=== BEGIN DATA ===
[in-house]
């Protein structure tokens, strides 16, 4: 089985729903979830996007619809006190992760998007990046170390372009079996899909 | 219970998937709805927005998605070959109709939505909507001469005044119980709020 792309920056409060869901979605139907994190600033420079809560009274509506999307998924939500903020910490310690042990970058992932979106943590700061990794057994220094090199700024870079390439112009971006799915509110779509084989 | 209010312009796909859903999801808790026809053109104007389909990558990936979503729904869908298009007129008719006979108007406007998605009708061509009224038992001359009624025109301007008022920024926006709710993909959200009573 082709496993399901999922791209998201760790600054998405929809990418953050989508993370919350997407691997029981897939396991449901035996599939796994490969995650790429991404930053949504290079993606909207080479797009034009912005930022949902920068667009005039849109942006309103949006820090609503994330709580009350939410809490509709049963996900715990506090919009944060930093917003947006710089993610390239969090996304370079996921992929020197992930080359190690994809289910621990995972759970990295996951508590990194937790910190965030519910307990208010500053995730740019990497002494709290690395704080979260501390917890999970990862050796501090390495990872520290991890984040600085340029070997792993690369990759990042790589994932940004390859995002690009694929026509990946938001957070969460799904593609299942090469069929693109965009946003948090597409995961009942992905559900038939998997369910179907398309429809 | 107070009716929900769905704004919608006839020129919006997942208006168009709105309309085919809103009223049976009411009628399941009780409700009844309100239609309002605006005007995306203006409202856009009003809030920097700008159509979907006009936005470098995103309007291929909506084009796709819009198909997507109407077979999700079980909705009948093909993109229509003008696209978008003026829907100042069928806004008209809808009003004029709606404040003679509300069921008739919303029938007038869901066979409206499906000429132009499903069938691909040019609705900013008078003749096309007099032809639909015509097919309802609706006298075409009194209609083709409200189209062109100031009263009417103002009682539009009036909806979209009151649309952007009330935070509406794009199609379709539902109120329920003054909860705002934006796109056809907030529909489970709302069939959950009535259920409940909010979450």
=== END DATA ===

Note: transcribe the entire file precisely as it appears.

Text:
[in-house]
């Protein structure tokens, strides 16, 4: 089985729903979830996007619809006190992760998007990046170390372009079996899909 | 219970998937709805927005998605070959109709939505909507001469005044119980709020 792309920056409060869901979605139907994190600033420079809560009274509506999307998924939500903020910490310690042990970058992932979106943590700061990794057994220094090199700024870079390439112009971006799915509110779509084989 | 209010312009796909859903999801808790026809053109104007389909990558990936979503729904869908298009007129008719006979108007406007998605009708061509009224038992001359009624025109301007008022920024926006709710993909959200009573 082709496993399901999922791209998201760790600054998405929809990418953050989508993370919350997407691997029981897939396991449901035996599939796994490969995650790429991404930053949504290079993606909207080479797009034009912005930022949902920068667009005039849109942006309103949006820090609503994330709580009350939410809490509709049963996900715990506090919009944060930093917003947006710089993610390239969090996304370079996921992929020197992930080359190690994809289910621990995972759970990295996951508590990194937790910190965030519910307990208010500053995730740019990497002494709290690395704080979260501390917890999970990862050796501090390495990872520290991890984040600085340029070997792993690369990759990042790589994932940004390859995002690009694929026509990946938001957070969460799904593609299942090469069929693109965009946003948090597409995961009942992905559900038939998997369910179907398309429809 | 107070009716929900769905704004919608006839020129919006997942208006168009709105309309085919809103009223049976009411009628399941009780409700009844309100239609309002605006005007995306203006409202856009009003809030920097700008159509979907006009936005470098995103309007291929909506084009796709819009198909997507109407077979999700079980909705009948093909993109229509003008696209978008003026829907100042069928806004008209809808009003004029709606404040003679509300069921008739919303029938007038869901066979409206499906000429132009499903069938691909040019609705900013008078003749096309007099032809639909015509097919309802609706006298075409009194209609083709409200189209062109100031009263009417103002009682539009009036909806979209009151649309952007009330935070509406794009199609379709539902109120329920003054909860705002934006796109056809907030529909489970709302069939959950009535259920409940909010979450």